As it was my first Casino night, I thought it was a hit. I didn’t really have any expectation to what it would be like but it was more amazing than I could have imagined. Just the mere amount of people that showed up to participate and support combined will all of the fabulous donations, food, and games made the night exciting in itself. I am really proud to have contributing and been a part of such an amazing event. The pavilion was the perfect location, being physically accessible for all, with no stairs, plenty of tables, and lots of space.
Working in my one on one level sessions this semester has further proved to be how disabilities to not cap potential and opportunity. People with disabilities are just as intelligent if not more intelligent than people without disabilities. Casino night epitomized this because every individual with a physical or mental disability still participated in all of the carnival games and all of the gambling games. The gambling card games aren’t as easy as they look, I’m pretty sure the only one I know how to play is blackjack, yet everyone at the event, disability or not, participating in these card games. It made me so happy and content to see such a large crowd of people come together and unite for a good cause and for some classic casino shenanigans.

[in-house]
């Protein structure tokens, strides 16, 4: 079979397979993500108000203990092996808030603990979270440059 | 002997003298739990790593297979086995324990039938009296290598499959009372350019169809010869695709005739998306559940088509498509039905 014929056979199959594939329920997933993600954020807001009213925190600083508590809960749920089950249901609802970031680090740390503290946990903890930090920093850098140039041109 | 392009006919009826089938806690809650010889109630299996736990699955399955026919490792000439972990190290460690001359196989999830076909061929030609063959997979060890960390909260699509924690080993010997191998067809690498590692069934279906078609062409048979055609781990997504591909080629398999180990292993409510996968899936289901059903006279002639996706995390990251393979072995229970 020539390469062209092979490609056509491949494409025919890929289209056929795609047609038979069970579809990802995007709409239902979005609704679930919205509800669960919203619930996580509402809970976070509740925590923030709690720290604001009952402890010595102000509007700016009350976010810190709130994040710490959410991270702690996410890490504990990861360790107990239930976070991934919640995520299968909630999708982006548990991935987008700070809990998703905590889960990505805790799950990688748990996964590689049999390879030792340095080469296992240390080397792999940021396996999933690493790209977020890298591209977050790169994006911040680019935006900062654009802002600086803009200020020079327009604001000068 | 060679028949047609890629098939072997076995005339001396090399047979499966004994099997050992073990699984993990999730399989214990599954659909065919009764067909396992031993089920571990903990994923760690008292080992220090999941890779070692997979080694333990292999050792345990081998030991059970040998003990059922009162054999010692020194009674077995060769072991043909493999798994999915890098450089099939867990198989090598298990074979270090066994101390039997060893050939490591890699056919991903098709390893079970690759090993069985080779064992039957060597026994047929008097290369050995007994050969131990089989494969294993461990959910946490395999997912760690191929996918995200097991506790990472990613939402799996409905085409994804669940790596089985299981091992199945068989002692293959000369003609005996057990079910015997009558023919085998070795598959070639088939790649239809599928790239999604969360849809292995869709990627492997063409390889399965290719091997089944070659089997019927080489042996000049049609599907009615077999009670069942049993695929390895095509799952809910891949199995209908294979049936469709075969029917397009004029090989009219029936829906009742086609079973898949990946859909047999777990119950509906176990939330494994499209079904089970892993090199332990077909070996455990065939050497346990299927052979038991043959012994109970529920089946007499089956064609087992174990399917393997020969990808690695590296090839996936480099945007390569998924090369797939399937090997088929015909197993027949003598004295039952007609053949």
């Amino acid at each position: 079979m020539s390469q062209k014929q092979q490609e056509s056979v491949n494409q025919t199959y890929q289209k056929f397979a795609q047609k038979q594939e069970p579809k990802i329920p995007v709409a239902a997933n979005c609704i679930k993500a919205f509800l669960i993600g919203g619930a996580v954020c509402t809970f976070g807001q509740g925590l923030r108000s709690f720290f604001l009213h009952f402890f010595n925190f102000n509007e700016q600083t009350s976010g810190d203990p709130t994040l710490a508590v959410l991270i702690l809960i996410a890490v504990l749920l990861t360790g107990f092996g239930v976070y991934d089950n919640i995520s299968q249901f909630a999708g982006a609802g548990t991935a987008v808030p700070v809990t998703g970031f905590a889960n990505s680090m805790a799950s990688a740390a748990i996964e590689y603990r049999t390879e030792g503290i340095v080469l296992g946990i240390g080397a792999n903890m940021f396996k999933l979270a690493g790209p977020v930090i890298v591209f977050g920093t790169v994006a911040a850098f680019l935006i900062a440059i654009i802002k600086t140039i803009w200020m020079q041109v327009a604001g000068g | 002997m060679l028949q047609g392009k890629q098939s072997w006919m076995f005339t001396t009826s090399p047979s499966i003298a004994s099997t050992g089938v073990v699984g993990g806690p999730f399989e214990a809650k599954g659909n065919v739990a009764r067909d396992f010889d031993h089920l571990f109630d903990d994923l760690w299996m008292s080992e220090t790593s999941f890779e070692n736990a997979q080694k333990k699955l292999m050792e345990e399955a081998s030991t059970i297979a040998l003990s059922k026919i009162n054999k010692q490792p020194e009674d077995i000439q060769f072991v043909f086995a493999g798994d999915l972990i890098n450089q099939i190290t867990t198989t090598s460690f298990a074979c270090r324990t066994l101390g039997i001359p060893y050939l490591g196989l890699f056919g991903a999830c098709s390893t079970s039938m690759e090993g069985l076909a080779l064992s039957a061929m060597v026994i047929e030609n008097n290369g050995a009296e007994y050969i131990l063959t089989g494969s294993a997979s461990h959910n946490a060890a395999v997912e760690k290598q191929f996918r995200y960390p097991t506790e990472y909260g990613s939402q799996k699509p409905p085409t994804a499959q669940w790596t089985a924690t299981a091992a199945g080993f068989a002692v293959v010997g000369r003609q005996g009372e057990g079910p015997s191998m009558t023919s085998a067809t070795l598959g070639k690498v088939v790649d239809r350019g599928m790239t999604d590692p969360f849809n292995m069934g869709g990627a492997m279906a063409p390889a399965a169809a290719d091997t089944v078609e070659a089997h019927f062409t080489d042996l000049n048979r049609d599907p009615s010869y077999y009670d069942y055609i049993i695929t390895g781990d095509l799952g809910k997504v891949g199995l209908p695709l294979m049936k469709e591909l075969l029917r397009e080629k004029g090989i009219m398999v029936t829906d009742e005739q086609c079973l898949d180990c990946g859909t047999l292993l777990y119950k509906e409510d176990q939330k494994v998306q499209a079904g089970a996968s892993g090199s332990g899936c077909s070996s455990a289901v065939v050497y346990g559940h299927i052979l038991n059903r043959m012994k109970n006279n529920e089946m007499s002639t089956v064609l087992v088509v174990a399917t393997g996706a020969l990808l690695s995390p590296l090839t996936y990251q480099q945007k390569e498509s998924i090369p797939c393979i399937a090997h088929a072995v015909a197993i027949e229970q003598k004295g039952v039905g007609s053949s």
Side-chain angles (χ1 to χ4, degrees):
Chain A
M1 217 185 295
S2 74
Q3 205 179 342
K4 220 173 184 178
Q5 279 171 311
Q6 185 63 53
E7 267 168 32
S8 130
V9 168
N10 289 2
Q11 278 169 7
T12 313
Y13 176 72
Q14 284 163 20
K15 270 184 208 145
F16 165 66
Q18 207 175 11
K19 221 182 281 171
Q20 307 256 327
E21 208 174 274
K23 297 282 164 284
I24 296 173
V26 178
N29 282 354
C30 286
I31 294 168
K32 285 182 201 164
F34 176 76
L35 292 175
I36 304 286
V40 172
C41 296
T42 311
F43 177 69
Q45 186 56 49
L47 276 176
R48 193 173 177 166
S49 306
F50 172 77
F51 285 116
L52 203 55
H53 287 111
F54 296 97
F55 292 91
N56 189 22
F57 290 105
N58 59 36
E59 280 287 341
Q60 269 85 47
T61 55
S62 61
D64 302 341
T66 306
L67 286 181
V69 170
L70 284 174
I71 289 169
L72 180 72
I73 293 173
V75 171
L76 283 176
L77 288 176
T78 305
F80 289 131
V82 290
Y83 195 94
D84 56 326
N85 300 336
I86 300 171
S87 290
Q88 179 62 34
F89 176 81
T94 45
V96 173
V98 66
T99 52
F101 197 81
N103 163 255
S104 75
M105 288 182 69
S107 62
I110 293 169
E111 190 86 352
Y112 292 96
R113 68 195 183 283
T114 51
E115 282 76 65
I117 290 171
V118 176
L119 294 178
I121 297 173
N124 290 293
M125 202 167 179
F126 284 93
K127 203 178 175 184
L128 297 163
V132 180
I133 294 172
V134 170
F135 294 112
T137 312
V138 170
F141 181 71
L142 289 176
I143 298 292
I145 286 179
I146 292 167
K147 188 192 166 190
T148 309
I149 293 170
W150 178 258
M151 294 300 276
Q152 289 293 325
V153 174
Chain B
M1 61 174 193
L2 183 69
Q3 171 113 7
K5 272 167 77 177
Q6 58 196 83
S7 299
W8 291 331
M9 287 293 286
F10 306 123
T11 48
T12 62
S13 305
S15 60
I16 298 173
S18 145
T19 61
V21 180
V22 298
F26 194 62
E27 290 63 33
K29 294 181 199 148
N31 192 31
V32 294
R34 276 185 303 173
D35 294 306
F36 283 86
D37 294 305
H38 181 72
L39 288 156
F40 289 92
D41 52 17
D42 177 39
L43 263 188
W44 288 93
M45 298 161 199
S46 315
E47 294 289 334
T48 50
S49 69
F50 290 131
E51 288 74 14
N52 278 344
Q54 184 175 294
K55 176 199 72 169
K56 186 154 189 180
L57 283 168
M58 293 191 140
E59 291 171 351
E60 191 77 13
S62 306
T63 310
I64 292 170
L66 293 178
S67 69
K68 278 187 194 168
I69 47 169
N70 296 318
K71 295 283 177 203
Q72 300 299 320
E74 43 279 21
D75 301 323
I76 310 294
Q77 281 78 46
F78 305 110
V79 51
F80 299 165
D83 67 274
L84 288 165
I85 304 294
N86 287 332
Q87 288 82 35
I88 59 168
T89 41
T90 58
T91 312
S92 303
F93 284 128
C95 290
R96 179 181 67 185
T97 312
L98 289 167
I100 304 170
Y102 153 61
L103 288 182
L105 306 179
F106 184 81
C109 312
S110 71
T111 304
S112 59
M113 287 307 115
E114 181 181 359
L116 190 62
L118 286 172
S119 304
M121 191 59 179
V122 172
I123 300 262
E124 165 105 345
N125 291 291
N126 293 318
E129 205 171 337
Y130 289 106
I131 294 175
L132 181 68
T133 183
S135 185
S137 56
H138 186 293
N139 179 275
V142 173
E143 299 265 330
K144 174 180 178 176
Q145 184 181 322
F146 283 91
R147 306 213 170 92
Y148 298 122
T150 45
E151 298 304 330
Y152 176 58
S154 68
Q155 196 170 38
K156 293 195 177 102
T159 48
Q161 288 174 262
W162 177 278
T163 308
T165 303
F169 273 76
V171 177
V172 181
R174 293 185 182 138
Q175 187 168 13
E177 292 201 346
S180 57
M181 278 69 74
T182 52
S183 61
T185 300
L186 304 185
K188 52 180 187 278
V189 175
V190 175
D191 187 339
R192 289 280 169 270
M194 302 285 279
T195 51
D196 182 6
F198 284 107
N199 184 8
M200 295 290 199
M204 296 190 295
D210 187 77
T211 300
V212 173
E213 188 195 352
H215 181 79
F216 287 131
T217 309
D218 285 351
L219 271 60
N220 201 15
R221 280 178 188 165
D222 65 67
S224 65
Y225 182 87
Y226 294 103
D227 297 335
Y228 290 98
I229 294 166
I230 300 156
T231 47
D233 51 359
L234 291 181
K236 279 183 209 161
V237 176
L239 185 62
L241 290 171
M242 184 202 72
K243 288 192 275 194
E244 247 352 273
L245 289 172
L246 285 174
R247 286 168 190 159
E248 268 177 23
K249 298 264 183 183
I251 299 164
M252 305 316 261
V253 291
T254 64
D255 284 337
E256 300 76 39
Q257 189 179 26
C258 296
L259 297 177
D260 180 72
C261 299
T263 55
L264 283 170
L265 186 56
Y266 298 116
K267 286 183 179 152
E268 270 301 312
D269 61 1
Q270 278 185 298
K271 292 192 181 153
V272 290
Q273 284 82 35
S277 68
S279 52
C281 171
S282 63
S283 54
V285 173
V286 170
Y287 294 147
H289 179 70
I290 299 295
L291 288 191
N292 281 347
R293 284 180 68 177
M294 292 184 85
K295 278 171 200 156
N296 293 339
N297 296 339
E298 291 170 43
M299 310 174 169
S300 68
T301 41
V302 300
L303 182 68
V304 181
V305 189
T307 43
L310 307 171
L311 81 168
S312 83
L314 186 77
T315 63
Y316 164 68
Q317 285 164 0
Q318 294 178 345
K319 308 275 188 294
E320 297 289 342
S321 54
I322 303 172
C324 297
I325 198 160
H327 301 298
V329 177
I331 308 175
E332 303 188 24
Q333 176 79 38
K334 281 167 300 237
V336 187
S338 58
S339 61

Finally, after listening to the voices of individuals with a disability, not just at Casino Night but all throughout the semester, it could not be clearer to be that facing society and people’s perspectives is one of their biggest challenges each day. The struggle doesn’t come from doing everyday activity and getting from place to place or reading a book but it comes from the way people see you from the outside. Most often people with disabilities are talked about rather than talked to or talked to as if they were 10 years younger than they actually are. Things like this are so degrading and disrespectful. I wish that more people would be aware and educated about what it means to have a disability so that these individuals don’t have to feel uncomfortable. Events like Casino night and organizations like level have done a great job is spreading the word and especially awareness about people with disabilities and I hope that they will continue to do so.